For additional information, please see CNN.

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FDA Targets Trans Fat in Processed Foods

>Last week the Food and Drug Administration has announced its plan to ban trans fat in processed foods.  The decision comes based on the research and evidence related to increased morbidity and mortality (additional 7,000 deaths related to cardiovascular events and 20,000 heart attacks per year.)  Trans fats are found in foods such as donuts, frozen pizza, frosting, microwaveable popcorn and other. It is important to remind patients that the removal of trans fats from these products does not produce foods that are superior to healthier, plant-based choices. How do you typically educate your patients on how to read and understand nutrition labels?

For additional information, please click here.

New federal rules require healthier school snacks

The USDA’s new nutrition standards “Smart Snacks in School”, set limits for fat, salt and  sugar in food and beverages sold in schools.  Foods must contain  at least 50% whole grains or have a fruit, vegetable, dairy or protein as the first ingredient or at least ¼ cup of fruit/vegetables.  Beverages allowed include low calorie sport drinks, low-fat and fat-free milk, 100% fruit and vegetable juice, and no-calorie flavored waters.   This is the first nutritional overhaul of school snacks in more than 30 years and school and food and beverage companies must be in compliance by July 1, 2014. How do you feel about this new public policy?  When do you expect to see its outcomes?

For more information, see the article on CNN.

Environmental Working Group (EWG) Publishes 2013 Guide to Sunscreens

Just in time for summer, the EWG lists ingredients to avoid and best products available.  Take a look at the link to help your patients select the best product for their needs. How familiar are you with hazardous ingredients commonly found in your typical sunscreens?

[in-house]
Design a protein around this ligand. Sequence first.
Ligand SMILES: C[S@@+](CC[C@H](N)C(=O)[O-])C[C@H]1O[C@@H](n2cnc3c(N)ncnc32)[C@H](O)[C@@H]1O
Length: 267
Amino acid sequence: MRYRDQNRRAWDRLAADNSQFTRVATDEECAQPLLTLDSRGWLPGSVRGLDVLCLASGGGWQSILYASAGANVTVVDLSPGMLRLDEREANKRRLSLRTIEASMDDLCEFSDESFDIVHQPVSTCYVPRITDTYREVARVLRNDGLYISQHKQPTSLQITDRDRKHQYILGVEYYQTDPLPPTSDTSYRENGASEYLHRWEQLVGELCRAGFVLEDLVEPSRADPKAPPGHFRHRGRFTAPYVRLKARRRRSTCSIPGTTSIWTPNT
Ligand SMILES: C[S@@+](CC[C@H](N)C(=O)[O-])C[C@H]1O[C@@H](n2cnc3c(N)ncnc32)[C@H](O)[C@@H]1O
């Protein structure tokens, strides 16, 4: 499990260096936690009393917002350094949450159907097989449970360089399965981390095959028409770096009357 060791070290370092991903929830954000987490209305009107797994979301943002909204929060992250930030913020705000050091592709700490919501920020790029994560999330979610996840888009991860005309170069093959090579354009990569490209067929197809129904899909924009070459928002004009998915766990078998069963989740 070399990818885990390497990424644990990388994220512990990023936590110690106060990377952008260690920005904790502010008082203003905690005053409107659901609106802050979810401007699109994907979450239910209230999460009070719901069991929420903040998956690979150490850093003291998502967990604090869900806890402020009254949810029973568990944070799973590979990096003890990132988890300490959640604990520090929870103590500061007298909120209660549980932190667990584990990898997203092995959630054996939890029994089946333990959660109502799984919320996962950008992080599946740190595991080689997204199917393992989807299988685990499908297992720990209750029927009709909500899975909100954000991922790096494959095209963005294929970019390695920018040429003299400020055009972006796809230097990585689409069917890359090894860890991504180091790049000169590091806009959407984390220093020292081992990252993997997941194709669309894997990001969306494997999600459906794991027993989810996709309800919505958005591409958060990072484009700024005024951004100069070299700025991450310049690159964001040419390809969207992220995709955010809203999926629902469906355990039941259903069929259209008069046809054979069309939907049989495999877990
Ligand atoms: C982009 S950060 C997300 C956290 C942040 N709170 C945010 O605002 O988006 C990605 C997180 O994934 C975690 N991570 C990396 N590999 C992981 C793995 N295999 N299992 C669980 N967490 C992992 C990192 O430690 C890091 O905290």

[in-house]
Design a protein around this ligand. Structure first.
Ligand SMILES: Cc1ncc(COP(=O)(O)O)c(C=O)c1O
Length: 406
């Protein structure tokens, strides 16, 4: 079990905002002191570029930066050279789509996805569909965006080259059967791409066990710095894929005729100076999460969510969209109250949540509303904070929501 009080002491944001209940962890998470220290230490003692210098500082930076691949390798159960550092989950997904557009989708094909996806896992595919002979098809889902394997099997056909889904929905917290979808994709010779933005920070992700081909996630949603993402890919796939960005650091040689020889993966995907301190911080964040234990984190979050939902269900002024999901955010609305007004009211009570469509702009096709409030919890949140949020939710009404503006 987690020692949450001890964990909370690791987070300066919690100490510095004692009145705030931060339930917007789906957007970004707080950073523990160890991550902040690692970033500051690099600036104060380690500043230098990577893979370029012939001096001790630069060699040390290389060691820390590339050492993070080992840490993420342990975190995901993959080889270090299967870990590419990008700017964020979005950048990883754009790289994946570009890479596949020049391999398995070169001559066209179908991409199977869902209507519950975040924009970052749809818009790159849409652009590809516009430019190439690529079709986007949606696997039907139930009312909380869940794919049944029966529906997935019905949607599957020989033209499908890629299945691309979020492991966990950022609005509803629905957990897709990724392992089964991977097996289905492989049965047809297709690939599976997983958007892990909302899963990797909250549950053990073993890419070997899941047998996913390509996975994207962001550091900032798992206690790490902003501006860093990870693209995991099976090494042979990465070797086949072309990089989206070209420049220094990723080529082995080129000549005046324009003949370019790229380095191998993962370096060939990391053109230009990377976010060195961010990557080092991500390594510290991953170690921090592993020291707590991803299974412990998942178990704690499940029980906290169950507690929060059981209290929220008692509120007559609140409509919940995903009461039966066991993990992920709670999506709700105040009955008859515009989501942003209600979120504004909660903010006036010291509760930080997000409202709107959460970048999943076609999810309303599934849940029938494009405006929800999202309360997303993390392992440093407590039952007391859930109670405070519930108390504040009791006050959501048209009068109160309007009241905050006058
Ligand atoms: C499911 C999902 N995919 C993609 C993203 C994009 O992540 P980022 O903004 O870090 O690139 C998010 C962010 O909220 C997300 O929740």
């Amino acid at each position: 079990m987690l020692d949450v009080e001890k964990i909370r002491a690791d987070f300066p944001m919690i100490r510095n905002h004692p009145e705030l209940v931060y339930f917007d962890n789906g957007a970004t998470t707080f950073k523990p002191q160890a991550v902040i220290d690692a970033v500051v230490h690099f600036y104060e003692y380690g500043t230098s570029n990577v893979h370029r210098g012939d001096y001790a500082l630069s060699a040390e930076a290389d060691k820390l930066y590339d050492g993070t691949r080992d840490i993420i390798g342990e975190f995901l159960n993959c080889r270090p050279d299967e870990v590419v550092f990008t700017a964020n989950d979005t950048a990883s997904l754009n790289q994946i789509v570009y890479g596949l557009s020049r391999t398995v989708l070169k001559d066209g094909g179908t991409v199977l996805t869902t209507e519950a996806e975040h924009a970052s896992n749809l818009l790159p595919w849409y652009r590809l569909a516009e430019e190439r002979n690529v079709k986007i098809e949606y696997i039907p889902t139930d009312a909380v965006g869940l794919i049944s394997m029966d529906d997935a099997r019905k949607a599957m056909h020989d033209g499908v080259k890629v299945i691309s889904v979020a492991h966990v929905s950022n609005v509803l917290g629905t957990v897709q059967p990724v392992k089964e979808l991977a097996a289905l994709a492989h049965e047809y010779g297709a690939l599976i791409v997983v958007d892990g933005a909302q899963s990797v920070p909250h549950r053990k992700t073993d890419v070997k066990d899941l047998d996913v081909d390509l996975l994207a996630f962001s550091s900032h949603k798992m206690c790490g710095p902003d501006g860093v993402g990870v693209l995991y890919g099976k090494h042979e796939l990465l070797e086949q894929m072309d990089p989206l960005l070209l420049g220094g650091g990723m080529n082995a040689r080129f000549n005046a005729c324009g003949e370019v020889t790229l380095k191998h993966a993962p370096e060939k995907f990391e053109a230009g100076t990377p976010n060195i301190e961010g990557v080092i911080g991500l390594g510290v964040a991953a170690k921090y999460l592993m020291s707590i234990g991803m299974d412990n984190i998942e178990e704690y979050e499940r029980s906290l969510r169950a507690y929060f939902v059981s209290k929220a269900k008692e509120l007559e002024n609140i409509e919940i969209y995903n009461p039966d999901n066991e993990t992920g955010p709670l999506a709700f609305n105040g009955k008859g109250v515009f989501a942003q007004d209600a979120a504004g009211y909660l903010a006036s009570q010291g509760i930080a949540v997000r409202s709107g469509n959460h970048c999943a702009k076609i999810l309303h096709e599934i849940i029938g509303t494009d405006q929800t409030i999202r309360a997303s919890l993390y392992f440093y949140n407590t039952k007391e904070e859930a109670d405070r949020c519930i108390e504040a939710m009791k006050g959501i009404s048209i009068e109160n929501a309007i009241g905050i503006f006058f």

To learn more about Environmental Working Group, please click here.

Congratulations to MCPHS Doctor of Pharmacy Graduates Class 2013!

We send our best wishes to the Doctor of Pharmacy Graduates Class 2013, and hope that you and your families enjoy the Hooding and Awards and Commencement ceremonies.  Congratulations on your achievement!!!

NIH study provides clarity on supplements for protection against blinding eye disease

The Age-Related Eye Disease Study (AREDS) 2 was just published.  The initial AREDS research looked at the daily doses of vitamins E and C, along with beta-carotene, zinc and cooper to diminish progression to advanced Acute Macular Degeneration.  Safety of some ingredients of the combination was later questioned based on other research.  AREDS2 evaluated if addition of fish oil, lutein, zeaxanthin, as well as removal of beta-carotene, zinc and copper will improve the combination. More than 4000 patients ages 50-85 participated.  Combination of AREDS supplements appeared to be protective against advanced AMD. Omega-3 fatty acids and beta-carotene did not reduce the risk of progression to advanced AMD, but substitution of lutein and zeaxanthin for beta-carotene was a positive move.  None of the groups with new formulations had reduced risk of progression to cataract surgery, but those taking lutein and zeaxanthin had some protection. What are your thoughts about the results of this research?  What other recommendations do you make to your patients?

To learn more about this research, please see National Institutes of Health.